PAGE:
Presentation #313.07 in the session Pulsars and Magnetars.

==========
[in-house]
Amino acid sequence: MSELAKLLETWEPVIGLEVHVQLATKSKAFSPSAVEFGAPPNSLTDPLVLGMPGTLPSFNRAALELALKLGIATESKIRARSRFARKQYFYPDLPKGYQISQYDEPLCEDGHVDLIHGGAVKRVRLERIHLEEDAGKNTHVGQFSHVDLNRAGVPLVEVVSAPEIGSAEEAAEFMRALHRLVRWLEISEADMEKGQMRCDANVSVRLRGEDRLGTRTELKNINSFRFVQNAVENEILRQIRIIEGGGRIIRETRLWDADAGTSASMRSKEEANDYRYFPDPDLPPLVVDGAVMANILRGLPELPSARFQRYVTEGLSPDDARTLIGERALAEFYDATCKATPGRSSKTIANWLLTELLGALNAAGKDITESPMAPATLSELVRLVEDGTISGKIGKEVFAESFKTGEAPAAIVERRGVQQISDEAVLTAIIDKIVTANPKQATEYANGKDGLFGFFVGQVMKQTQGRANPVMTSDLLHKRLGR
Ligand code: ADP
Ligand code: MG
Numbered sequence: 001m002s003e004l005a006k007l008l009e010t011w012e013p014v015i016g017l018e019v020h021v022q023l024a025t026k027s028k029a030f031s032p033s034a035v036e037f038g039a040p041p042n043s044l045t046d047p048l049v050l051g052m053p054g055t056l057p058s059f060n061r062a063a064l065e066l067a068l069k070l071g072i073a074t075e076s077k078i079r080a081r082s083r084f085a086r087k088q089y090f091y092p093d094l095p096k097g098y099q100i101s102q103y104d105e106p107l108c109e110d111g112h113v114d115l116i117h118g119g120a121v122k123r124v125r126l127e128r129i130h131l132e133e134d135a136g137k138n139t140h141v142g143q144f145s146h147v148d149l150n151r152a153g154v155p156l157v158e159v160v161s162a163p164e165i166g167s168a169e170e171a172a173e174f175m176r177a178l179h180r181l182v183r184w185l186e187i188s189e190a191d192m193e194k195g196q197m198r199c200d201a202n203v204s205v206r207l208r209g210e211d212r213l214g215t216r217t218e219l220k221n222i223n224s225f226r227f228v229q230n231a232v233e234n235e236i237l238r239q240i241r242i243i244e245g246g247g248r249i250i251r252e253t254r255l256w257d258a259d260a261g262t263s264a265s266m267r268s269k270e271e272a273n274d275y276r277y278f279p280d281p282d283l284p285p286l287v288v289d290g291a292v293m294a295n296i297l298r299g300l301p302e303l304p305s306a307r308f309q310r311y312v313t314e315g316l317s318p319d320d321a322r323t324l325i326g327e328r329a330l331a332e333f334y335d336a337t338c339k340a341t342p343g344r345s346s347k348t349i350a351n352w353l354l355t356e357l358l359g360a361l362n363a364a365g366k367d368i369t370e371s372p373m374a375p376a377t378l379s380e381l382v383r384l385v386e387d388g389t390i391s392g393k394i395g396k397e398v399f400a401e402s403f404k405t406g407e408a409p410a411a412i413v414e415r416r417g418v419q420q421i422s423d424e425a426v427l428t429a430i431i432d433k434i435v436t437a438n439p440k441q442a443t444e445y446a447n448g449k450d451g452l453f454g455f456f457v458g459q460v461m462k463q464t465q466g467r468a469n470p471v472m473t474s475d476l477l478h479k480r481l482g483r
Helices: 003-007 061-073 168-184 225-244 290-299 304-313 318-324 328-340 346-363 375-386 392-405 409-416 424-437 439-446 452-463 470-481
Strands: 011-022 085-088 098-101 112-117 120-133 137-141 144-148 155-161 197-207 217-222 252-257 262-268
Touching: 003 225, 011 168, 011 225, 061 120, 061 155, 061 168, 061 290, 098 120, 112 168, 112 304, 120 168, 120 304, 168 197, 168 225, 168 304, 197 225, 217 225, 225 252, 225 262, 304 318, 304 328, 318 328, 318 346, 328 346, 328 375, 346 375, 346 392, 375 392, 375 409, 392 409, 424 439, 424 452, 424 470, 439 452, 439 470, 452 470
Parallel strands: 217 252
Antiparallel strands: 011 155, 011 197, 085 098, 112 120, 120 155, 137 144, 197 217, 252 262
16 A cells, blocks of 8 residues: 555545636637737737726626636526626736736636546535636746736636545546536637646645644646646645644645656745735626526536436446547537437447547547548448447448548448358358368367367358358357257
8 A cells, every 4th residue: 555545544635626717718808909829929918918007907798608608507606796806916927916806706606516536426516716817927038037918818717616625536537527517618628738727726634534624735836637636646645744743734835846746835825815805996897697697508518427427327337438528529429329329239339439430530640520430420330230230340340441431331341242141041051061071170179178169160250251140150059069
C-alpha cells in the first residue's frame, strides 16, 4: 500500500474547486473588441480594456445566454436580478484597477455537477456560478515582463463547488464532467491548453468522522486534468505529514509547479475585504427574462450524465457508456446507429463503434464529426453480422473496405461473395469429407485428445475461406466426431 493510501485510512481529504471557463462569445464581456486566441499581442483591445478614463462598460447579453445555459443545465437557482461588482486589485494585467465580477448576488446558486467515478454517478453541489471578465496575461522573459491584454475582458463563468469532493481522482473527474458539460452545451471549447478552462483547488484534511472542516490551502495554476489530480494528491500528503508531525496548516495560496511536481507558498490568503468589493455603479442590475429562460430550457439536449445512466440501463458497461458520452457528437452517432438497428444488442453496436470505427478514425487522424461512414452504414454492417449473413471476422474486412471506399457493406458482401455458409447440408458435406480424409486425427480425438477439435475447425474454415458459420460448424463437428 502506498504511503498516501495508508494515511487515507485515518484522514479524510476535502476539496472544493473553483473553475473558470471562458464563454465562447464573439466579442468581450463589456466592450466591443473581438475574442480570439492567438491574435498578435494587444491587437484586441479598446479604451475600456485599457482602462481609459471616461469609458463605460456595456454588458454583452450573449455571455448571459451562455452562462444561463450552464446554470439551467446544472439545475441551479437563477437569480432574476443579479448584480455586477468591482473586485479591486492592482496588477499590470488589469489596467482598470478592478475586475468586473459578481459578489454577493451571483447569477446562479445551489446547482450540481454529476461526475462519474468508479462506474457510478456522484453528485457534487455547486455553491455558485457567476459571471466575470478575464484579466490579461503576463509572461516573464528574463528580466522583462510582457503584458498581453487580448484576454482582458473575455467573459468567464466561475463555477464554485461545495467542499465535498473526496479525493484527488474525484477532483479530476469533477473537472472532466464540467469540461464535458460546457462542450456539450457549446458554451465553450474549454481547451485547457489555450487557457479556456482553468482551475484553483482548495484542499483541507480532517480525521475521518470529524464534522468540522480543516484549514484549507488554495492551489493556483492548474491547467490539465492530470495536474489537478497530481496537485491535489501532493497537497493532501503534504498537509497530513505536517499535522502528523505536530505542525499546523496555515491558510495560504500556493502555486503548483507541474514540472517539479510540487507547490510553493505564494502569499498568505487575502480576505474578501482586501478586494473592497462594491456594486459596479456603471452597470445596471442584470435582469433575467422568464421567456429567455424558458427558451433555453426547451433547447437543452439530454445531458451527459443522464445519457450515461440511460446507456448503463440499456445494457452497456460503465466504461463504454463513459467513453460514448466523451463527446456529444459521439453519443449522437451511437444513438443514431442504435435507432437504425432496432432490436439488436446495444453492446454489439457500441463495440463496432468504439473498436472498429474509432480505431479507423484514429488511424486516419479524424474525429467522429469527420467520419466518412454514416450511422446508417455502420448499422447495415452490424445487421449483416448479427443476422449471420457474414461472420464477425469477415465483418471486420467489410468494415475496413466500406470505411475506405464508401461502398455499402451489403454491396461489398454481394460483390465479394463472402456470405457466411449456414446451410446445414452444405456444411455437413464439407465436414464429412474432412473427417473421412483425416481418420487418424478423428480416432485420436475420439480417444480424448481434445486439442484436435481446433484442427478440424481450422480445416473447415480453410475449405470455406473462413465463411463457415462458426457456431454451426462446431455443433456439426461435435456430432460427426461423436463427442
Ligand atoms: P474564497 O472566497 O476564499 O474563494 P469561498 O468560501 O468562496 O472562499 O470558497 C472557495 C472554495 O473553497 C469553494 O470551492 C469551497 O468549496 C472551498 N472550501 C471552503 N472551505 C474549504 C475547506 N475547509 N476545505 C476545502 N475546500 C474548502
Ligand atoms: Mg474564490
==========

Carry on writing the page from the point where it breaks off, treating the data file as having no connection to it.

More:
The angular momentum (AM) content of massive stellar cores helps to determine the natal spin rates of neutron stars and black holes. Asteroseismic measurements of low-mass stars have proven that stellar cores rotate slower than predicted by most prior work, so revised models are necessary. In this work, we apply an updated AM transport model based on the Tayler instability to massive helium stars in close binaries, in which tidal spin-up can greatly increase the star’s AM. Consistent with prior work, these stars can produce highly spinning black holes upon core-collapse if the orbital period is less than 1 day. For neutron stars, we predict a strong correlation between the pre-explosion mass and the neutron star rotation rate, with millisecond periods only achievable for very massive helium stars in very tight binaries. Finally, we discuss our models in relation to type Ib/c supernovae, superluminous supernove, gamma-ray bursts, and LIGO measurements of black hole spins. Our models are roughly consistent with the rates and energetics of these phenomena, with the exception of broad-lined Ic supernovae, whose high rates and ejecta energies are difficult to explain.